I recently had an interesting conversation with some of my friends about television. I surprisingly learned that none of them really watched anything that was on the normal broadcast stations, i.e. ABC, NBC, CBS, FOX, CW. They were all streaming content from cable stations (AMC, FX, USA, Comedy Central), premium cable stations (HBO, Showtime, Starz) or streaming services (Netflix, Hulu, Amazon Prime). Not gonna lie, this utterly shocked me. I didn't realize I was the only millennial left still watching shows like "The Big Bang Theory," "The Blacklist," "Grey's Anatomy," "Brooklyn 99," or "Arrow."
Of course, that's not true. There are obviously people still watching these channels, and this was just a small sampling of my friends (I do still have friends who watch broadcast TV, albeit, not many.) And obviously there are still people watching these shows, Grey's still gets about 8-10 million viewers each episode (which is rather remarkable considering they're in their 12th season.) Nonetheless, this got me thinking on if creators are still itching to get their show on one of the (former?) top dogs.
Are people starting to write shows with the mindset that they'll have to write 13 episodes per season and are able to use more vulgar language and maybe already have a guarantee of having at least two seasons instead of the grind that is broadcast? Possibly. I'm not one of those people but I wouldn't be surprised if that was the case.
That being said, I don't believe people who love television and cherish it, will stop watching broadcast shows. I think it is still a sacred accomplishment to have your show ordered on ABC or NBC. They're looking for fresh, new, creative, interesting content just like all the other networks, Though it could be argued that companies like Netflix or HBO are doing a better job and selecting the ones that seem to do the best; both by critics and the people.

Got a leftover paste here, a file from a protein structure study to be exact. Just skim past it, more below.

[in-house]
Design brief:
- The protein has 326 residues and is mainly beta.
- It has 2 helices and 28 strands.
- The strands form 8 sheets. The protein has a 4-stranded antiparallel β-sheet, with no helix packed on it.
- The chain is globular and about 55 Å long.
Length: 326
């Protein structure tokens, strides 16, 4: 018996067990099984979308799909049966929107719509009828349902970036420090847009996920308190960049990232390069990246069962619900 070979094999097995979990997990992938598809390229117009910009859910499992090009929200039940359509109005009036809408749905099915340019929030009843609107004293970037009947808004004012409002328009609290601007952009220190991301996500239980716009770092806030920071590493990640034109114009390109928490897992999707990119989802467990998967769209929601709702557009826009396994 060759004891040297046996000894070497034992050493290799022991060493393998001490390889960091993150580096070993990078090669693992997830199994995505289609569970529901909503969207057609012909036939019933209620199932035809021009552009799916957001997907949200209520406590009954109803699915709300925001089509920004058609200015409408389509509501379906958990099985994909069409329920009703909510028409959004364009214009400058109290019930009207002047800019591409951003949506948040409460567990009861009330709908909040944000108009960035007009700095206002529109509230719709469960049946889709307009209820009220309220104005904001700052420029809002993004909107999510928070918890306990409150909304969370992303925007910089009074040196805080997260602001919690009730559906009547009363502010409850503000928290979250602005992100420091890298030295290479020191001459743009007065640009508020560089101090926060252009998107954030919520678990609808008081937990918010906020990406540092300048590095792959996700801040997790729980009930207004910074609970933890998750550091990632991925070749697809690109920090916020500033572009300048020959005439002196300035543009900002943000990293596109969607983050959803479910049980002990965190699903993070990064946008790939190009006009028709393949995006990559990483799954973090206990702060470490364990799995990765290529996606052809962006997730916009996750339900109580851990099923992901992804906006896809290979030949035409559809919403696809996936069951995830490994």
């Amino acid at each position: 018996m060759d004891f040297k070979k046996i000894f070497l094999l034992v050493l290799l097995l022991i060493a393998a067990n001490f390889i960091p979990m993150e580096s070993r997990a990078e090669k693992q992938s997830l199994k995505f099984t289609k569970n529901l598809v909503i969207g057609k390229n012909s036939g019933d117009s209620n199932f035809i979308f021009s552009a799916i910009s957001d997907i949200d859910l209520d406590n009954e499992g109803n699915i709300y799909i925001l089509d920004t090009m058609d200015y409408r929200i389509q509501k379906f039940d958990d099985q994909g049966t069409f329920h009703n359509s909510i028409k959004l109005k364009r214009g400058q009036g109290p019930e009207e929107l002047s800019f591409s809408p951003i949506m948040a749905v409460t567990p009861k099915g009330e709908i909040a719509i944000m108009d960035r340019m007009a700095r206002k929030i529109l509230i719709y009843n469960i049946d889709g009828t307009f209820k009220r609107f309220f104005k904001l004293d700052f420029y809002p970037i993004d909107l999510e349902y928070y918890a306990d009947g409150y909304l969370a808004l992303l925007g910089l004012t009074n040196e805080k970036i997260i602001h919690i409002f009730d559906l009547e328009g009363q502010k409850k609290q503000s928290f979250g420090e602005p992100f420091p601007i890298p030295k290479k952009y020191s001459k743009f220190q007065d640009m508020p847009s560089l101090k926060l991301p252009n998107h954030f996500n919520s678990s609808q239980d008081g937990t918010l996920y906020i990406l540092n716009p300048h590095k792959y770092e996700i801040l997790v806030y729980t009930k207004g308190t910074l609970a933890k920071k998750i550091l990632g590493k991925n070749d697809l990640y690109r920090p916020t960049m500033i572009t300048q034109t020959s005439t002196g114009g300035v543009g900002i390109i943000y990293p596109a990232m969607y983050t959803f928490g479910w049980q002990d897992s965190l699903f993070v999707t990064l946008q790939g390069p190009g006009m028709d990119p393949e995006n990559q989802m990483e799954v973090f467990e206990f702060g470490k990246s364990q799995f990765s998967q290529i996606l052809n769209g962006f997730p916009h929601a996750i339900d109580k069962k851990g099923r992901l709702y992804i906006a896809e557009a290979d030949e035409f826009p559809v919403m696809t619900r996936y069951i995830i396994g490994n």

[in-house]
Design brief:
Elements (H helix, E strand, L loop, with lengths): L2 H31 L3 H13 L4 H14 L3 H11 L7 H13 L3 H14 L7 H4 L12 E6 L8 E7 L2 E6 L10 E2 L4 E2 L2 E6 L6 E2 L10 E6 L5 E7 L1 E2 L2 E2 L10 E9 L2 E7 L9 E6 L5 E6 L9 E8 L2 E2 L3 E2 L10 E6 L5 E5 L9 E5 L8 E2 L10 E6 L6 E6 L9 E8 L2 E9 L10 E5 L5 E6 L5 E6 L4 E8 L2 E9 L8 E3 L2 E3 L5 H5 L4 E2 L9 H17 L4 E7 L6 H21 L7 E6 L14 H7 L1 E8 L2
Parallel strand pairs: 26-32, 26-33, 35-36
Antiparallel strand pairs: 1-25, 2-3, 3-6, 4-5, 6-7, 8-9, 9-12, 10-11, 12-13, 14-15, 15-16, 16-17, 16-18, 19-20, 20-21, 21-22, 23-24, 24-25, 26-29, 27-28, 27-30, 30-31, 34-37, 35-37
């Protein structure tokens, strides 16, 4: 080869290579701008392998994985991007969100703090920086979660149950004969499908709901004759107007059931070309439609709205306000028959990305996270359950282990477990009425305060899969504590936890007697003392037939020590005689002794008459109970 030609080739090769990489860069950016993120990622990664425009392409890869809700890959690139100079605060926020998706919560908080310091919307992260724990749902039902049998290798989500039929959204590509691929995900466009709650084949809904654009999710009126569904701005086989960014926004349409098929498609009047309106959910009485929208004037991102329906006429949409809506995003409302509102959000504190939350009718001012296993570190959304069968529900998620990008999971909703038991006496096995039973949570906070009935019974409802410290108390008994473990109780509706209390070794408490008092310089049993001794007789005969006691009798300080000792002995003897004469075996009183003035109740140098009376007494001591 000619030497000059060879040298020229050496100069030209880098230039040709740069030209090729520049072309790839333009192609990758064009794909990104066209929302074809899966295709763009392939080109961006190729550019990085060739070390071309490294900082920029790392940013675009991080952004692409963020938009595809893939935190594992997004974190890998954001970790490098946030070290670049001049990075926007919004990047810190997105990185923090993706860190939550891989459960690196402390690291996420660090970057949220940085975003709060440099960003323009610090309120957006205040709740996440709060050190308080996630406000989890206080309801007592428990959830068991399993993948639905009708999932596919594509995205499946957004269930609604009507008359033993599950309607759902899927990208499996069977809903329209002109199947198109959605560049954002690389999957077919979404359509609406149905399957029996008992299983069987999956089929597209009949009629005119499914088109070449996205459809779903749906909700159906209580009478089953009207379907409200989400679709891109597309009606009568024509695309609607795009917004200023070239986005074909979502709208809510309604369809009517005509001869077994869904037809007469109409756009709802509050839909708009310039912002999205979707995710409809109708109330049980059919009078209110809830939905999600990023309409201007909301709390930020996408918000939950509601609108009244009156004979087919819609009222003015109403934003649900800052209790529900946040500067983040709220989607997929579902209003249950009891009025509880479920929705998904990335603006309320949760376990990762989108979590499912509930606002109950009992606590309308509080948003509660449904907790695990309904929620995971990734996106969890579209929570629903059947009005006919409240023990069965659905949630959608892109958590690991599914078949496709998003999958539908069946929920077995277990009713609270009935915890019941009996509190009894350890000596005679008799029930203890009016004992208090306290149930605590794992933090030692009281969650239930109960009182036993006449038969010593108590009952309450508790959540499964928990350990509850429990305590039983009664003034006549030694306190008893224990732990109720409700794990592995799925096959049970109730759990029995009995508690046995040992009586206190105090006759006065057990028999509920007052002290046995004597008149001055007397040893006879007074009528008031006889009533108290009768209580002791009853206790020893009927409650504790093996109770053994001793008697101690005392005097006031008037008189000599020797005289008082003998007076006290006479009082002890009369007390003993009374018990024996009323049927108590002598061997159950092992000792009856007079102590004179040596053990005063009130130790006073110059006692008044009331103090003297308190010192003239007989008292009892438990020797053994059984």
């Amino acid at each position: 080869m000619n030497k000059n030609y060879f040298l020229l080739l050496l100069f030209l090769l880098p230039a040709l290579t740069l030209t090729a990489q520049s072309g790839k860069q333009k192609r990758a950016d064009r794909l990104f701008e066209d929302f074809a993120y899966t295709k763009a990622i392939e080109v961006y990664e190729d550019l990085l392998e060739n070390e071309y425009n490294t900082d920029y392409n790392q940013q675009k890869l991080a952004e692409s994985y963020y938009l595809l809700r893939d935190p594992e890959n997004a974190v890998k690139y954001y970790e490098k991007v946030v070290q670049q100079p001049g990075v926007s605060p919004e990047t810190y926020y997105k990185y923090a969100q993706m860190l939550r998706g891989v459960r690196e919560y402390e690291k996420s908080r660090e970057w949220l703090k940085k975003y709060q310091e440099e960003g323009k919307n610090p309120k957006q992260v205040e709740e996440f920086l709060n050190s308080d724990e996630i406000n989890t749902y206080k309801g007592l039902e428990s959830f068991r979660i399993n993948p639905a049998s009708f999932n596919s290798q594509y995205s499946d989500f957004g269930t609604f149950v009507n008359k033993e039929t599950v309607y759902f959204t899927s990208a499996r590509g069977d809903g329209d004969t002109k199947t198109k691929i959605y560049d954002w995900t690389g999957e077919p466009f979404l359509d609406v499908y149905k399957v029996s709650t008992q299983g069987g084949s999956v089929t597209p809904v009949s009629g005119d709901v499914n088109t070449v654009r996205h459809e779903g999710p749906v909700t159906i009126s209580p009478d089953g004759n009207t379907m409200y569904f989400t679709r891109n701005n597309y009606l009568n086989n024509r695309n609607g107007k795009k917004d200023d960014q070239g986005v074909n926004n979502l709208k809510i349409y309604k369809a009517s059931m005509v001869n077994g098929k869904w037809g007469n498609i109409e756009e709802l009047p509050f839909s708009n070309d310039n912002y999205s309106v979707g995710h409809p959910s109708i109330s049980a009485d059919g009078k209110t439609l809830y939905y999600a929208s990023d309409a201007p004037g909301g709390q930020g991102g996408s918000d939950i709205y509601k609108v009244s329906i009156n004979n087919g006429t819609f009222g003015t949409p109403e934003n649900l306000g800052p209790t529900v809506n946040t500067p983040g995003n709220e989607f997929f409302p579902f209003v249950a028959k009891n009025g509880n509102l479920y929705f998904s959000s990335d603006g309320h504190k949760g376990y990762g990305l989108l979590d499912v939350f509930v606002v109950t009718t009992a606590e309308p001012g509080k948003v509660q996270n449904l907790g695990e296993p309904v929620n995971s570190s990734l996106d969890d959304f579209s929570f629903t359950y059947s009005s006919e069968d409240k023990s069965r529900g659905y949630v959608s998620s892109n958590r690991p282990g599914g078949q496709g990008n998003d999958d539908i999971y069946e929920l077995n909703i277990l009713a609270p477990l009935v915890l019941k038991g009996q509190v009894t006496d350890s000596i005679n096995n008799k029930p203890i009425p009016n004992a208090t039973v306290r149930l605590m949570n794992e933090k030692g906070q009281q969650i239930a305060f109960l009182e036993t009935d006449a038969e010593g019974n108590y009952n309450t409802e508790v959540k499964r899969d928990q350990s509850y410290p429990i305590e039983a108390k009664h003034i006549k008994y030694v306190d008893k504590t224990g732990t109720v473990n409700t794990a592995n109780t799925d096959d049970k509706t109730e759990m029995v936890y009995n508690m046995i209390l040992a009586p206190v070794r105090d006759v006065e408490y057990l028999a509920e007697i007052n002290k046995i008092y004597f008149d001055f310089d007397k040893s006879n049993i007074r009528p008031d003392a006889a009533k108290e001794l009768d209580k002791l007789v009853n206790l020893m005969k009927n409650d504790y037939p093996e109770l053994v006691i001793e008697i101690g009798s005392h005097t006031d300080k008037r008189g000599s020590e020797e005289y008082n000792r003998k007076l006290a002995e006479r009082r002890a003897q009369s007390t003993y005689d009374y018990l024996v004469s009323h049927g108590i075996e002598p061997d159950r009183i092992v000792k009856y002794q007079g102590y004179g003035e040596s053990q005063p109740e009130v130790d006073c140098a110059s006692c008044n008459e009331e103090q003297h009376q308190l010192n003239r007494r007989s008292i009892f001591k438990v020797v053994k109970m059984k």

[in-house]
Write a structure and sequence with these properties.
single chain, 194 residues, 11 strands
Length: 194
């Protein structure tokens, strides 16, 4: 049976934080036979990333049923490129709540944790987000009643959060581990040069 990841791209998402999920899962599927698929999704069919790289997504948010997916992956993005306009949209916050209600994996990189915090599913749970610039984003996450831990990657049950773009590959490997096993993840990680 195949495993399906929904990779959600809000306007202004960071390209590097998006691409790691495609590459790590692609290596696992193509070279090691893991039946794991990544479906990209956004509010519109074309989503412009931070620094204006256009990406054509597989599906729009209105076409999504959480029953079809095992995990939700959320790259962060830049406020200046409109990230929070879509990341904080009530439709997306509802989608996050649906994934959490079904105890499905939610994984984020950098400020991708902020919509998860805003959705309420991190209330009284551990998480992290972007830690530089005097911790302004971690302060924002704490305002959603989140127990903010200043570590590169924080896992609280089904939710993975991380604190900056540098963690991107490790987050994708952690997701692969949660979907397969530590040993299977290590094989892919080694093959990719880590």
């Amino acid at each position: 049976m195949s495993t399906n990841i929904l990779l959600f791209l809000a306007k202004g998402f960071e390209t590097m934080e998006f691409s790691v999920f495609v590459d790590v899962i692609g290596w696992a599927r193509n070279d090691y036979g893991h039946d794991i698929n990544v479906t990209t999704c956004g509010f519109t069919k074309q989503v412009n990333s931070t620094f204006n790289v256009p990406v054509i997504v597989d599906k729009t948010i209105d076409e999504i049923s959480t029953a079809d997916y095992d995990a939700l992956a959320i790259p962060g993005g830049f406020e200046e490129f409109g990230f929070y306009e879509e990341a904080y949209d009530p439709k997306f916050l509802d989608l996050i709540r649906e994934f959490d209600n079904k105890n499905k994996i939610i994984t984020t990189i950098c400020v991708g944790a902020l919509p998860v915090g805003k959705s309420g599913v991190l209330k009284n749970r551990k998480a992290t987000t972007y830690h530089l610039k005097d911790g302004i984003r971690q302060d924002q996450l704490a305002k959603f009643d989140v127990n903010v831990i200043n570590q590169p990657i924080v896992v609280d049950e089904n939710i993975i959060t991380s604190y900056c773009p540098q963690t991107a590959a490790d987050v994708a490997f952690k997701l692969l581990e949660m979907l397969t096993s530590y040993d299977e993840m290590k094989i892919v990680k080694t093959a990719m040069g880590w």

What I will say is I can see how only writing 13 episodes is more enticing. Being able to create a complete narrative, knowing you'll be able to finish it, with a full story arc, that's a great guarantee. And that's what platforms like Hulu and Showtime are able to provide to creators. What I'm noticing more and more is that broadcast has become the place where a procedural lives and dies. From all the NCIS's to the CSI's to the Chicago Fire, PD, Med and rumored Law; those shows can get anyone to tune in week-to-week and they don't really have to had watched last week's episode. There's something special about a show like that, no doubt. My mother just told me show opted to not watch a show she had been following because while she was flipping the channel she got sucked into a story line on one of the Chicago shows. That's where the broadcast platform can continue to survive on, despite how depressing that sounds.
I recently wrote about how great the CW has been the last two years in producing quality, creative shows that you usually wouldn't see on broadcast. I truly hope that doesn't disappear. I hope Shonda Rhimes doesn't find a new home and continues to make unforgettable characters and stories for ABC. I hope the Kings (creators of "The Good Wife") don't get sucked into that 13 episode model as enticing as it might sound and how good the products can turn out, because what they've done with "The Good Wife" is still quality, important television.
Broadcast is important to the survival of television and I do believe there is room for everyone at the table. Some entertainment writers have argued there are too many television programs available for people that it's overwhelming and will eventually be too much. I don't believe that's true. If a show can create interesting, developed characters with intriguing story lines, then why limit where or how we watch it? Let's just embrace how great it all is and enjoy the fact that shows like "Daredevil" or "House of Cards" may not exist because of Netflix, but shows like "Scandal" and "Code Black" are still relevant and deserve to be watched. Not to mention, shows on 2, 5, 7, 9, Fox are free... just something to keep in mind.
Until next time, live long and prosper.